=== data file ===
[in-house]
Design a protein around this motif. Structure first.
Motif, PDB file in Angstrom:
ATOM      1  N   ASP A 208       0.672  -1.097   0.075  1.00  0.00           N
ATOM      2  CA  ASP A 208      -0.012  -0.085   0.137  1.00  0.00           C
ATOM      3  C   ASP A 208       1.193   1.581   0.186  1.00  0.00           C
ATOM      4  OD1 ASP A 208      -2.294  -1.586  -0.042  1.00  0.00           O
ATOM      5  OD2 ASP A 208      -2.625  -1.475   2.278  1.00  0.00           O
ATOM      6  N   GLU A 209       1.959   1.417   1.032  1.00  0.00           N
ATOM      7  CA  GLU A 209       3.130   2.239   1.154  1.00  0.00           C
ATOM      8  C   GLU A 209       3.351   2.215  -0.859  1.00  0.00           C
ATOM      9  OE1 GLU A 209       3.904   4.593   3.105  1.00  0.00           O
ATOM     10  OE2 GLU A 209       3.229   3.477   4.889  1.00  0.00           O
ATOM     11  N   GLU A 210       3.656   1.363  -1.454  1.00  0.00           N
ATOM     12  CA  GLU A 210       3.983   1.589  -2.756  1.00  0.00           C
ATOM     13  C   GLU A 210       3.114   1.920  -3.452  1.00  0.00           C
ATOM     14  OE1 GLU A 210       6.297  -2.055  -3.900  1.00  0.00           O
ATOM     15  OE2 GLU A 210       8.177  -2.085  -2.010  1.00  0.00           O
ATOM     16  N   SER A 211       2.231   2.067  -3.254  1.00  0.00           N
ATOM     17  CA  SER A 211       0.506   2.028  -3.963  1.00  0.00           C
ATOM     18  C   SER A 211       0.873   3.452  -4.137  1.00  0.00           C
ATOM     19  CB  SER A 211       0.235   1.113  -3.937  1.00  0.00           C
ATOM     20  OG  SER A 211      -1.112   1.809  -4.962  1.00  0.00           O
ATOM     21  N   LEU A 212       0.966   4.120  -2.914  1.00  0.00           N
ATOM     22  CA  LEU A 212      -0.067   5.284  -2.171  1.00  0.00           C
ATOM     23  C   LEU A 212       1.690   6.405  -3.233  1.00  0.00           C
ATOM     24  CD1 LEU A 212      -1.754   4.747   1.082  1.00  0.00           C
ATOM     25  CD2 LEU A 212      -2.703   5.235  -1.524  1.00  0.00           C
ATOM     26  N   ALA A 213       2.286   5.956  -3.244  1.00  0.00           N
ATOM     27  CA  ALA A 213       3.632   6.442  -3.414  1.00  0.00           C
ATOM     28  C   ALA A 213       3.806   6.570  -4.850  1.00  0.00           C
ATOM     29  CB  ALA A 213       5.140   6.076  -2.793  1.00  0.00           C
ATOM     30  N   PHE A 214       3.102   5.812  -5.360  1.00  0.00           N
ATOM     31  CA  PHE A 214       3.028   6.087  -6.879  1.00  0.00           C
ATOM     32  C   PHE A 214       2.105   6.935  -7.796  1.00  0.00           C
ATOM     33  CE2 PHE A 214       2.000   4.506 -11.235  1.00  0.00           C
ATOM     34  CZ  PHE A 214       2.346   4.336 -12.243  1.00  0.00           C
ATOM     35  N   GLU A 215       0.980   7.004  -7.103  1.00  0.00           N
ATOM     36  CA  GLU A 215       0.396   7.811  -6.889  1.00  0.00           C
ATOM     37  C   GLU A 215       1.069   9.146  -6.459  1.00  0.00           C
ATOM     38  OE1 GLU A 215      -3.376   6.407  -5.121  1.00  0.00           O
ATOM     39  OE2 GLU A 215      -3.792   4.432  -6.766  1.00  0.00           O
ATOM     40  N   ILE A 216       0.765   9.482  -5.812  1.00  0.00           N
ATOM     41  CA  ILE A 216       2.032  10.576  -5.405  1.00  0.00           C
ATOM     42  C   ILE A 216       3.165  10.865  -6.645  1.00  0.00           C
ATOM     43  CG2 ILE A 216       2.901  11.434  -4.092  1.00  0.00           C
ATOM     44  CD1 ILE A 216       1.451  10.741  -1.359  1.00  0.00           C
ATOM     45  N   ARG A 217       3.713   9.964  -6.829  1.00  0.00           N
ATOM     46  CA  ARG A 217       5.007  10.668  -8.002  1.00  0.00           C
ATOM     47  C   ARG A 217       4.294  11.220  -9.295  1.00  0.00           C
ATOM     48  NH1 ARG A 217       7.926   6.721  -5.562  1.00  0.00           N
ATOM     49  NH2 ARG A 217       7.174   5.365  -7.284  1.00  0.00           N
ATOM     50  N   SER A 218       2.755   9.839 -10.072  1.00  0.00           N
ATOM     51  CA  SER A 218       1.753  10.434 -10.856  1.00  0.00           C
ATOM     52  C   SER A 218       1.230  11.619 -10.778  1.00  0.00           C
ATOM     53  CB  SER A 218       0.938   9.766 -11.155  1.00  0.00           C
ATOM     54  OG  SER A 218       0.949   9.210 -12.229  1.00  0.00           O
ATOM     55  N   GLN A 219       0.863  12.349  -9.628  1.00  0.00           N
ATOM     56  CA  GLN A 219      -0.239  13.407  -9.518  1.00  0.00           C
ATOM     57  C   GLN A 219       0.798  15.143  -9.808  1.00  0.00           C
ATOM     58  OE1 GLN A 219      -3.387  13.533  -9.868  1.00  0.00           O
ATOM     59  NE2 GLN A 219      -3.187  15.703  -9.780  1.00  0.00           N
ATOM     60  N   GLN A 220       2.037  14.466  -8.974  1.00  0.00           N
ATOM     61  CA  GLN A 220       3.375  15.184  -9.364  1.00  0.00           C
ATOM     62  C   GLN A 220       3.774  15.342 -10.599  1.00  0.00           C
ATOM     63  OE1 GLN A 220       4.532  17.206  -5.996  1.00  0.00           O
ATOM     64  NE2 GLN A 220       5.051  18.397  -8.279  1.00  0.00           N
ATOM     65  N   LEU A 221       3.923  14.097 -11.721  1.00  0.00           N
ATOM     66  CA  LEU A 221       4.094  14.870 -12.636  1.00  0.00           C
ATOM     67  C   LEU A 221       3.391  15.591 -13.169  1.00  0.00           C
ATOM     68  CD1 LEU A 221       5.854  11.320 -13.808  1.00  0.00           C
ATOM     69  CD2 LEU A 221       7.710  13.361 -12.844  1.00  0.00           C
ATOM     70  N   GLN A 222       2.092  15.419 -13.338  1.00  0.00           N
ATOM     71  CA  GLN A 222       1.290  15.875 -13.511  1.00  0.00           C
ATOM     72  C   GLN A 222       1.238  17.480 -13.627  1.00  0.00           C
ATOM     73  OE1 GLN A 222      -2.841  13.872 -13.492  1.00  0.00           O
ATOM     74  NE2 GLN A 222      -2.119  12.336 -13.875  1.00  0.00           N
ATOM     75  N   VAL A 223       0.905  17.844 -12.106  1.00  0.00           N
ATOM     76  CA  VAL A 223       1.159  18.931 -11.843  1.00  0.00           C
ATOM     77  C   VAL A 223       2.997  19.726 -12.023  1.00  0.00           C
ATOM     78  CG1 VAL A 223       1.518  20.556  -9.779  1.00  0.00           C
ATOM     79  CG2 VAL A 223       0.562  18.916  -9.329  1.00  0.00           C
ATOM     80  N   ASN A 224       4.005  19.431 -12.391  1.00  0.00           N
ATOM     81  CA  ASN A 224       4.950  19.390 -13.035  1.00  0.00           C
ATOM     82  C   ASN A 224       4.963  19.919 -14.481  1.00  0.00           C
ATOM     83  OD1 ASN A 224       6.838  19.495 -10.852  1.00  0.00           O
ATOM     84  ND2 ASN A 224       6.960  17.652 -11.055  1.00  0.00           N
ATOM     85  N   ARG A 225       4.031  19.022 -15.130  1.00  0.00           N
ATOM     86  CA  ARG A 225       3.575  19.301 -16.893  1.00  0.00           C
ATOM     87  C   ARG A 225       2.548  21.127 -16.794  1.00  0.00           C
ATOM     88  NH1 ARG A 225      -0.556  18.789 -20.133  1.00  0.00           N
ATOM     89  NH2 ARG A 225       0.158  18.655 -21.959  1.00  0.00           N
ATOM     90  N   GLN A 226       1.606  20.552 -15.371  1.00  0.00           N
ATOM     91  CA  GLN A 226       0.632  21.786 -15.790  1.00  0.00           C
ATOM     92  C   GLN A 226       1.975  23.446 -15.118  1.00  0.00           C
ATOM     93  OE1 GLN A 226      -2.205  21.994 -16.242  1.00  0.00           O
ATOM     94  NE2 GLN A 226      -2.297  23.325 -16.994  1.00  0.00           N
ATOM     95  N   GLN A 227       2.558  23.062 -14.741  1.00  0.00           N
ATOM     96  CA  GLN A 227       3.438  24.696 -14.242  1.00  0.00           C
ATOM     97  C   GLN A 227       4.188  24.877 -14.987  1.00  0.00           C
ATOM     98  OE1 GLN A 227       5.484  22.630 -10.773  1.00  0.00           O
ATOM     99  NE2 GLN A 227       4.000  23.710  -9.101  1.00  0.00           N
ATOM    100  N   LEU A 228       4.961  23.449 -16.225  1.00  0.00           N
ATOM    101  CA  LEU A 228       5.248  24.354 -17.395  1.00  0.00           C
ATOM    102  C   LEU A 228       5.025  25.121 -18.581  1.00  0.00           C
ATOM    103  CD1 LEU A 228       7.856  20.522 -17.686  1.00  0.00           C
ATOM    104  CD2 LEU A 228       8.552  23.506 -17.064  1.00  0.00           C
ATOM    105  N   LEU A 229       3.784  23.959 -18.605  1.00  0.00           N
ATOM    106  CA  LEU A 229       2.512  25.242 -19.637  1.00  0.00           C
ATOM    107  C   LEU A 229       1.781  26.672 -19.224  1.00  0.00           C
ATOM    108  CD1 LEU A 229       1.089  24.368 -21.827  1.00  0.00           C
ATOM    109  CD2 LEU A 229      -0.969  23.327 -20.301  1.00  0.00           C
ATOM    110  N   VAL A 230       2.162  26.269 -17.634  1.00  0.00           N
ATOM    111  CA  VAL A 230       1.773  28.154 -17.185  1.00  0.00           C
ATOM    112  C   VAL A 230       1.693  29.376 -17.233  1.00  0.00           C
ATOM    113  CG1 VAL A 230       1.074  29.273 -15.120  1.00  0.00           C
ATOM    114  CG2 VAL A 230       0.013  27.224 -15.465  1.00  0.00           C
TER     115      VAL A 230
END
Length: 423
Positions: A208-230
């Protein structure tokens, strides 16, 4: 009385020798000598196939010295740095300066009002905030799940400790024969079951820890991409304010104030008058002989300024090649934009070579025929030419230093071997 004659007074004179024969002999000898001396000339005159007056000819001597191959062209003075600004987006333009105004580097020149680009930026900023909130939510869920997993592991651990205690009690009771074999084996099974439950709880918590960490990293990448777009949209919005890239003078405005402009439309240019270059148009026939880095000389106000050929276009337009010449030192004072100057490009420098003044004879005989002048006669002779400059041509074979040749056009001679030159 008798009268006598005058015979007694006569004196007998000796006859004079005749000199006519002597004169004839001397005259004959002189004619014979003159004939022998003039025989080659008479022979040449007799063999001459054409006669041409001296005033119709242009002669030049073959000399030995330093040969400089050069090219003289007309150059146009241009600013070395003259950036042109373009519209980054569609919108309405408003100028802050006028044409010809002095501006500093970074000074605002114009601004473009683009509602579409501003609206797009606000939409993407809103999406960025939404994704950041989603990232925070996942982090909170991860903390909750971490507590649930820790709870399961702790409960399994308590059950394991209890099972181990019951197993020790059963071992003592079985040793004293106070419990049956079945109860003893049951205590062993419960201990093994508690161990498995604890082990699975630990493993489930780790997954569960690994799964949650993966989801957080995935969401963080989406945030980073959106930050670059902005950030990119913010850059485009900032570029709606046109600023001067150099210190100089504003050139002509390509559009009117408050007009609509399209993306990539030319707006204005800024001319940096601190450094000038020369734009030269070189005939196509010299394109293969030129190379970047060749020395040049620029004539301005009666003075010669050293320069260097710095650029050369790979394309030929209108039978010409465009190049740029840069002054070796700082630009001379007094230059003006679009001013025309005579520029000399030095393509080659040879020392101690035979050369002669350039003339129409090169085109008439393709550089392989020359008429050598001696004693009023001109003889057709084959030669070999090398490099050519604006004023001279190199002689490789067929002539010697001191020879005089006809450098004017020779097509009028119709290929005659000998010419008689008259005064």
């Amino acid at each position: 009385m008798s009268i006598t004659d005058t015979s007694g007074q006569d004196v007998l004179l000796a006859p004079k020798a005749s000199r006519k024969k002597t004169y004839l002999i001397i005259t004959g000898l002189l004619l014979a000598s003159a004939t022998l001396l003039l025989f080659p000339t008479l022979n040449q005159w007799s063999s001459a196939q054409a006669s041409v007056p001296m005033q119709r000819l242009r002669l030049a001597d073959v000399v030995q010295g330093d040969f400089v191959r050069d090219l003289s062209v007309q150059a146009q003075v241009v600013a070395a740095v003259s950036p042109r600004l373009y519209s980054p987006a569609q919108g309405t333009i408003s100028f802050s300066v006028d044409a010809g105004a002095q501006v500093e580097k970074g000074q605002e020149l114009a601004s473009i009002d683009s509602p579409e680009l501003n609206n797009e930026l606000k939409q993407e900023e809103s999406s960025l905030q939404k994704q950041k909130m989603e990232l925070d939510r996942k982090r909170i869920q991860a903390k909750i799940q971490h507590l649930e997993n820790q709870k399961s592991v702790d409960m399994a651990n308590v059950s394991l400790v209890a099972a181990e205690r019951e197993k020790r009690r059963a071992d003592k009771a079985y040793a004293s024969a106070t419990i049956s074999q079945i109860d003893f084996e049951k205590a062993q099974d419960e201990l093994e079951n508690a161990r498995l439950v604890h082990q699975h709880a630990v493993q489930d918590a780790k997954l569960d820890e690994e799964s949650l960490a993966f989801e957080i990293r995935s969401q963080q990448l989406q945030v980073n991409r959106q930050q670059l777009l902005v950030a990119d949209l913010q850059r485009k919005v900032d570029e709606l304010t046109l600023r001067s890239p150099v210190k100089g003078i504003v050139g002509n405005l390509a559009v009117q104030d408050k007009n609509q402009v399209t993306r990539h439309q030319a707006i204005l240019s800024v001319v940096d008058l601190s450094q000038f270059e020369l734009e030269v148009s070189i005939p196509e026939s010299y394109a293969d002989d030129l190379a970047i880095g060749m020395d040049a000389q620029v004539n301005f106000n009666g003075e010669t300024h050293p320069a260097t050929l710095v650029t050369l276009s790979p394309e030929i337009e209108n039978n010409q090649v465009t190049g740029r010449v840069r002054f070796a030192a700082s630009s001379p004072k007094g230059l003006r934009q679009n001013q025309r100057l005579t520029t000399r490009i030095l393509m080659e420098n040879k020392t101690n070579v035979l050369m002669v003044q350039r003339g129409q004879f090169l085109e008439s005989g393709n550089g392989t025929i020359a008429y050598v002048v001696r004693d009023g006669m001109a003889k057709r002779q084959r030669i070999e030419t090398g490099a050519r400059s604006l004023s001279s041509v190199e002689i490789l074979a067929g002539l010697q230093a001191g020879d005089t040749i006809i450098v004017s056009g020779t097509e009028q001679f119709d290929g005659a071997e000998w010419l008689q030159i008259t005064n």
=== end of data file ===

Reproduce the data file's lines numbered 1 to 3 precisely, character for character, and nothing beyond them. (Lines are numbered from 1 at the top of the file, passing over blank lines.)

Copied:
[in-house]
Design a protein around this motif. Structure first.
Motif, PDB file in Angstrom: